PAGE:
Killer (non-lethal) Shark Repellent 101 – From Gas To Magnets
For those unfamiliar with drillships, the new ones are built from super tanker hull designs with one noticeable change… they cut a large hole in the middle of the ship above which they erect a drilling derrick. This large hole is called a moonpool.
About 4 years ago I was working aboard a large exploratory drillship in the Gulf of Mexico and we ran into a problem; a hammerhead shark was found swimming around our moonpool and we had no way of getting it out alive.
We tried everything from slowly lowering bait, down in the hopes the shark would swim down and out of the moonpool, to gently prodding it that direction. Nothing worked. Then, after about a week of false hope, a new electronics technician arrived and suggested our problem was related to the ships magnetic degaussing system, a system which engulfs the ship in an electrical current to inhibit corrosion. He suggested the shark used electromagnetic signals to navigate and our system was confusing the predator. With nothing to lose we disabled the degaussing system and immediately the shark swam towards freedom.
One company, Oak Ridge Shark Lab of the Bahamas, has taken the theory of confusing sharks with the use of magnets to the next level with a new product from their subsidiary Ocean Magnetics. With the use of rare-earth materials such as neodymium and boron, and combined with iron, the company has developed a line of products from magnetic jewelry to magnetic fish hooks that repel most species of sharks.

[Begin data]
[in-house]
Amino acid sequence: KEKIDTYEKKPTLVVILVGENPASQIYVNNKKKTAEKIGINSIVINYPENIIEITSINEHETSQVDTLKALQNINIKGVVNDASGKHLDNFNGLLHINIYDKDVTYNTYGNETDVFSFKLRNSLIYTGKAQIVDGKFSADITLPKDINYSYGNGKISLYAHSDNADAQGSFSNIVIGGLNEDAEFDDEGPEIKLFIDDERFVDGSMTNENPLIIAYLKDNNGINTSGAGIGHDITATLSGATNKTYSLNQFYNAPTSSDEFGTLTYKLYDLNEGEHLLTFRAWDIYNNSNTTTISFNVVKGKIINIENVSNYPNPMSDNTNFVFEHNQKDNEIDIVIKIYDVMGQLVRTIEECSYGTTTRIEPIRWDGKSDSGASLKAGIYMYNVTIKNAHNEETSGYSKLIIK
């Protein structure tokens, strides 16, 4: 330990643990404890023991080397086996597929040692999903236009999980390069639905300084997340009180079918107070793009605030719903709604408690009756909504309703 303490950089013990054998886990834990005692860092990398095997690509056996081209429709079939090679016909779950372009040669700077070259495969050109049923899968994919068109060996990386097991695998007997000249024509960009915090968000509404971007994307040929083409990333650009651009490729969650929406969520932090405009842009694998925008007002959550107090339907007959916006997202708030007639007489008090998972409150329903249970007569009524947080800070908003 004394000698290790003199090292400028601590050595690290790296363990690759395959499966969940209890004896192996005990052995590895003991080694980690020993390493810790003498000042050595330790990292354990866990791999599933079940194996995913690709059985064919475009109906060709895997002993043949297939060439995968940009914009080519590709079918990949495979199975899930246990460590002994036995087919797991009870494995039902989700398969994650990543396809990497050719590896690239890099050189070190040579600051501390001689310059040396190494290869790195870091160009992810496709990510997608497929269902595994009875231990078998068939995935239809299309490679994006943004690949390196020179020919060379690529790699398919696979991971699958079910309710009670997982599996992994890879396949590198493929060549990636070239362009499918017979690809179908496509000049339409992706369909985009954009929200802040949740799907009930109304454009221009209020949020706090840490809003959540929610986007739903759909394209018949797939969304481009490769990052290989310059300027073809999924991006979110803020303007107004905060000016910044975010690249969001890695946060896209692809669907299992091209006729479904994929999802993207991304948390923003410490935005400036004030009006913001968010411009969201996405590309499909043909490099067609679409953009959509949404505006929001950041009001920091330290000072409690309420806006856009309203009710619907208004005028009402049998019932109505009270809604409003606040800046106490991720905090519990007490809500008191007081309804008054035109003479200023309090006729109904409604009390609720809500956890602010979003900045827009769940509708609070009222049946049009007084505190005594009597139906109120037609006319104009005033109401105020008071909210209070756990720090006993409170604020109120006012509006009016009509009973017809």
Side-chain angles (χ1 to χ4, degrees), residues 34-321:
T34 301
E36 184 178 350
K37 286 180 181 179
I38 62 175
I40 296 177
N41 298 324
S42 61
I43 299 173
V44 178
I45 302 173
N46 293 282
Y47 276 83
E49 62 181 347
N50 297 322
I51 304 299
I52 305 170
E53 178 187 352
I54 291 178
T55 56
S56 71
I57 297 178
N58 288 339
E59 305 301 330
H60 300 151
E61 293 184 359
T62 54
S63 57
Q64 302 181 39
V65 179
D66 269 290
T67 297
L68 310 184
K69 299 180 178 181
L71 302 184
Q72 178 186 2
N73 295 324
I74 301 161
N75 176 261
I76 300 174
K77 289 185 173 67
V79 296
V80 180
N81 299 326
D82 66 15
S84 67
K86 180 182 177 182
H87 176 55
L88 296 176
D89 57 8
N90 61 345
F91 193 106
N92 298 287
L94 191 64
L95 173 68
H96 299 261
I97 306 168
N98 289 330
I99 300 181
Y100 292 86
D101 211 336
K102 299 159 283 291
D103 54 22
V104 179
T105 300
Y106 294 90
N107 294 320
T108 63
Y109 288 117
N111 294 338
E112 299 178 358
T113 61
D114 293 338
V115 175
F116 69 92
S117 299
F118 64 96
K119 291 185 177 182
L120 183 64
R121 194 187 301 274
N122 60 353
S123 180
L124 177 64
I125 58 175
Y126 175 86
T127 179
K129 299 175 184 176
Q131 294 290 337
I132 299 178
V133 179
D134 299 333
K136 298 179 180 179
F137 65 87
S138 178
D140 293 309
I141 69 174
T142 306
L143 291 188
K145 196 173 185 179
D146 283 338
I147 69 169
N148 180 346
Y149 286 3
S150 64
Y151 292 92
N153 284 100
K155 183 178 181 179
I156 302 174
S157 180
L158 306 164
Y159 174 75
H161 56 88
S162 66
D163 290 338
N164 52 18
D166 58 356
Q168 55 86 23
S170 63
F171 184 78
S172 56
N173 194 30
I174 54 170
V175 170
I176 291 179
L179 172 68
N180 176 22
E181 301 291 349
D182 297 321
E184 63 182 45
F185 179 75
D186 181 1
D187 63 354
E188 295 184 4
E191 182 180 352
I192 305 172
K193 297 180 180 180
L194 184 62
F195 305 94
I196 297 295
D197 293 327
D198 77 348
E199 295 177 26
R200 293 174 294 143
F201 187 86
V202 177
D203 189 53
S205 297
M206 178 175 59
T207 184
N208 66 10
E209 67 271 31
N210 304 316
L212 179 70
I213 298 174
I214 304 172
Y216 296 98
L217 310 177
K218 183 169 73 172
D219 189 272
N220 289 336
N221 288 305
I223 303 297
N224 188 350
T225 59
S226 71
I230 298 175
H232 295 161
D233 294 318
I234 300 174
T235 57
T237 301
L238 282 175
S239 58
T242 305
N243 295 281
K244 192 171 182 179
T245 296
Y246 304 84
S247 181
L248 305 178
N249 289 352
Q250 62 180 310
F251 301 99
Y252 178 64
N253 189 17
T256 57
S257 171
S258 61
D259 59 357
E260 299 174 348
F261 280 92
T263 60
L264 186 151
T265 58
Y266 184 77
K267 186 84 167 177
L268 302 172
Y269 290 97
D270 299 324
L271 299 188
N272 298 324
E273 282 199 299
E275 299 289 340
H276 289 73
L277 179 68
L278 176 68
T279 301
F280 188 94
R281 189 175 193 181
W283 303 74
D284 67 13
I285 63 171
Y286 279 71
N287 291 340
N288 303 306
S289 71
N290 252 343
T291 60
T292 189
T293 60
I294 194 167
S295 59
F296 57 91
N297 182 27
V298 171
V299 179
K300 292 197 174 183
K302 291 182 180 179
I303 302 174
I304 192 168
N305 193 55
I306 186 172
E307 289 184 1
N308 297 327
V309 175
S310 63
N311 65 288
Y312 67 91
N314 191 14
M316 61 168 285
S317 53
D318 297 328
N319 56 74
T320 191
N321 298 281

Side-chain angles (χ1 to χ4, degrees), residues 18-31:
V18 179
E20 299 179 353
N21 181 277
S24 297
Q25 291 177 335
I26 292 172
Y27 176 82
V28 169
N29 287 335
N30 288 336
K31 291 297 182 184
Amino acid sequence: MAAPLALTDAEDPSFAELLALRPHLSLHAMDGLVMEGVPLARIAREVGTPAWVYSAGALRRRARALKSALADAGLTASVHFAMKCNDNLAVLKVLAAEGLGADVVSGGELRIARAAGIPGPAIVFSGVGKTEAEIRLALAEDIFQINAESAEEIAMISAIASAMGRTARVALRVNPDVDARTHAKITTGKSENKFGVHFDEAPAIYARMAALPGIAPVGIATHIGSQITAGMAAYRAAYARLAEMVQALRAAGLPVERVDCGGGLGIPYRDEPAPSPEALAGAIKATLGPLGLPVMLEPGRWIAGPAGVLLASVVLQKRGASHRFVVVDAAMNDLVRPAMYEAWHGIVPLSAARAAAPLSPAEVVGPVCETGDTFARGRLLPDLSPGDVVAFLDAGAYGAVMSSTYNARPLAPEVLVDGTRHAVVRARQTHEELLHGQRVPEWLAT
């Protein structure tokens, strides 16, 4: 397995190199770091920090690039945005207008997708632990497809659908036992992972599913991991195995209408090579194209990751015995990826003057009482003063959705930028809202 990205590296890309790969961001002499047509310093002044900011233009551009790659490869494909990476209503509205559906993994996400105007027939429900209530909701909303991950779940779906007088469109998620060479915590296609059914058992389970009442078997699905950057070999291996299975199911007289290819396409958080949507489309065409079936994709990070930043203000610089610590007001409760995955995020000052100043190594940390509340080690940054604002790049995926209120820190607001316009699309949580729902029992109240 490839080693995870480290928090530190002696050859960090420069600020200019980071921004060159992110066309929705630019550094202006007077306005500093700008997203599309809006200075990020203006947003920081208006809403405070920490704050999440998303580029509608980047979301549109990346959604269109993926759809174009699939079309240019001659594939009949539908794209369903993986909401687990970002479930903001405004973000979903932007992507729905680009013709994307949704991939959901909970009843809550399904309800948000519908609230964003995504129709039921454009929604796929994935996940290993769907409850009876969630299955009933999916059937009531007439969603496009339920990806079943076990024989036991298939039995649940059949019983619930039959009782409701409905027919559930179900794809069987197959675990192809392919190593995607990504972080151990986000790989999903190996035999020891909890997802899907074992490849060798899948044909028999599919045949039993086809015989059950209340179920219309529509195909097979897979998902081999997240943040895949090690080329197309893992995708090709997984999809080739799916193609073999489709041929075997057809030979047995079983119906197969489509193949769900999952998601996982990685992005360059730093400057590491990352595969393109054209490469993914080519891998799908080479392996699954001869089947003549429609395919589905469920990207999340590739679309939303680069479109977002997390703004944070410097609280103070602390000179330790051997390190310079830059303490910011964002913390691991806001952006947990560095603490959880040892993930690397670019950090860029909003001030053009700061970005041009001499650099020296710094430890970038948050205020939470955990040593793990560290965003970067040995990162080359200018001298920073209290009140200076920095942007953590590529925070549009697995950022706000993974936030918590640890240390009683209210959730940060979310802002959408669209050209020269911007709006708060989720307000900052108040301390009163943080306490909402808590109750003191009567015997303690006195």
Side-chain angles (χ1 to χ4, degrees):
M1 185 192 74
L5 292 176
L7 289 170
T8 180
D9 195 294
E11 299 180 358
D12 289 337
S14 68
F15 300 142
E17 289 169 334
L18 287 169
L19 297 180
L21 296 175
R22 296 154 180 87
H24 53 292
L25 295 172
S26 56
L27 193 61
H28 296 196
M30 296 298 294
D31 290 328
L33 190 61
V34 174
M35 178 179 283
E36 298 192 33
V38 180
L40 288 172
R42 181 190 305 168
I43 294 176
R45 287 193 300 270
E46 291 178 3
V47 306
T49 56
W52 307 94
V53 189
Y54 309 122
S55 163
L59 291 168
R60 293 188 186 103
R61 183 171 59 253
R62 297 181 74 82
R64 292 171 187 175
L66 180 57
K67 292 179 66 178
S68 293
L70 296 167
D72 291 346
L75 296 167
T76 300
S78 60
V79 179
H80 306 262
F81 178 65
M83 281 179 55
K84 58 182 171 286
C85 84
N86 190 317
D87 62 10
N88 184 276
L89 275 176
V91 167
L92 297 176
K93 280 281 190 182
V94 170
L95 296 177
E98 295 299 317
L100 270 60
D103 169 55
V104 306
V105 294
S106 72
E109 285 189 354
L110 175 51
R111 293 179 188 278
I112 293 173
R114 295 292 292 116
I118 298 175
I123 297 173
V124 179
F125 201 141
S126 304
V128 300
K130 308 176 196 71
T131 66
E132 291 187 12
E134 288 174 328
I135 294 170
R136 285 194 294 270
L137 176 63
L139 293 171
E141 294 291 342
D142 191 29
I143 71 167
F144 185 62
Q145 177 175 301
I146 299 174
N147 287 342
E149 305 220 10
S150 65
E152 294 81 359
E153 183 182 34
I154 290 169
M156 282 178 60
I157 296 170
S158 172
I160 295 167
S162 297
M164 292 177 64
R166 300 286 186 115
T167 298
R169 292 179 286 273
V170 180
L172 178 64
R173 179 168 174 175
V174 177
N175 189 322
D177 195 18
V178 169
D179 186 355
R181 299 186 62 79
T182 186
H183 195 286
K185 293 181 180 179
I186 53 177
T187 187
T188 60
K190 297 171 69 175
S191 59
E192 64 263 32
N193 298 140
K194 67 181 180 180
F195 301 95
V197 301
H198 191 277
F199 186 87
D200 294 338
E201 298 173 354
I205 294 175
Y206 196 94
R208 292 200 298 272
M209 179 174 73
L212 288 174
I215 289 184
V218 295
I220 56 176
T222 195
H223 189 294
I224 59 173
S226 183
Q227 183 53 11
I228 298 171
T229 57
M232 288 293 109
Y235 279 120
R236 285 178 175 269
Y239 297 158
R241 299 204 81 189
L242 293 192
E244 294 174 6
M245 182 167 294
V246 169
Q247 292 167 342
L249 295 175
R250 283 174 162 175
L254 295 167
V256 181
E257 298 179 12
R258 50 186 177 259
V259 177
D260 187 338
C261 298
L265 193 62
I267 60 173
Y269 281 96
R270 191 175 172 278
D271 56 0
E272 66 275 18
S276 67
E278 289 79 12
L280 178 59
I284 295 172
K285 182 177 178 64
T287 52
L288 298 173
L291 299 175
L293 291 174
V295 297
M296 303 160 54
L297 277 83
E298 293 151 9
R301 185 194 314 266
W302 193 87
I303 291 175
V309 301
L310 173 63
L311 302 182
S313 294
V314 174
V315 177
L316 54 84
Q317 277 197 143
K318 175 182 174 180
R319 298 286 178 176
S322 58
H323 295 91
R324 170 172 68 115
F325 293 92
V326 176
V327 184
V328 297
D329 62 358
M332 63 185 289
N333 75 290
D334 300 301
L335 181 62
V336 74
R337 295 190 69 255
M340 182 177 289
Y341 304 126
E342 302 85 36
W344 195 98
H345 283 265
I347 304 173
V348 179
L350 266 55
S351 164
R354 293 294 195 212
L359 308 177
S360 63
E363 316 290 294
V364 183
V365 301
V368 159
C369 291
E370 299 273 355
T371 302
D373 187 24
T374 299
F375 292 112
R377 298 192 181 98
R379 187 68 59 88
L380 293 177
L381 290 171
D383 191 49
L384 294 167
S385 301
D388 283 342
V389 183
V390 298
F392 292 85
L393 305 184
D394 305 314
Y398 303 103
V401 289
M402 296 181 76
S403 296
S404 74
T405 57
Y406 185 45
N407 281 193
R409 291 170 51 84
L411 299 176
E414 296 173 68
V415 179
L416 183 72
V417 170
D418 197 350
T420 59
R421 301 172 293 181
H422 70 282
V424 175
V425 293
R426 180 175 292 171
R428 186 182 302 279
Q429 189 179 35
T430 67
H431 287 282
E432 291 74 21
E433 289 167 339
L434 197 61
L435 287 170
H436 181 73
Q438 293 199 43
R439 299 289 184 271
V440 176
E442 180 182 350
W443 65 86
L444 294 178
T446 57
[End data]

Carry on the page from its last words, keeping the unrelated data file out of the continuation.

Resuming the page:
But Ocean Magnetics didn’t stop there…
Instead they continued their research and successfully developed electrochemical shark repellents and later highly effective natural deterrents which appear to show a great deal of promise when applied to man overboard scenarios in shark infested waters.
Magnets are clearly effective at repelling sharks, however they are heavy, highly susceptible to corrosion, work at limited range, and thus impractical for use in a MOB scenario. Oak Ridge Shark Lab’s natural deterrent – a concentrated liquid sold under the name SharkDefense – is lightweight, heavily concentrated, and deployable by a wide range of methods from toy water guns to pneumatic air grenades and hydrostaticly deployed cylinders.
In developing SharkDefense the scientists first got the idea by talking to fishermen and discovered that some would tie dead shark carcases to the back of their boats to deter sharks. Using this idea the scientists distilled a concentrated perfume from rotting shark remains – creating a odiferous substance which sharks hate.
And it works! In tests, deployment of just a few ounces of the substance made all sharks in the area immediately disappear. Don’t’ believe us? Well take a look at this video produced by Mike Rowe of the Discovery Channel show Dirty Jobs:
The only question left for mariners is when will this substance be standard equipment in all lifeboats and abandon ship ditch bags.
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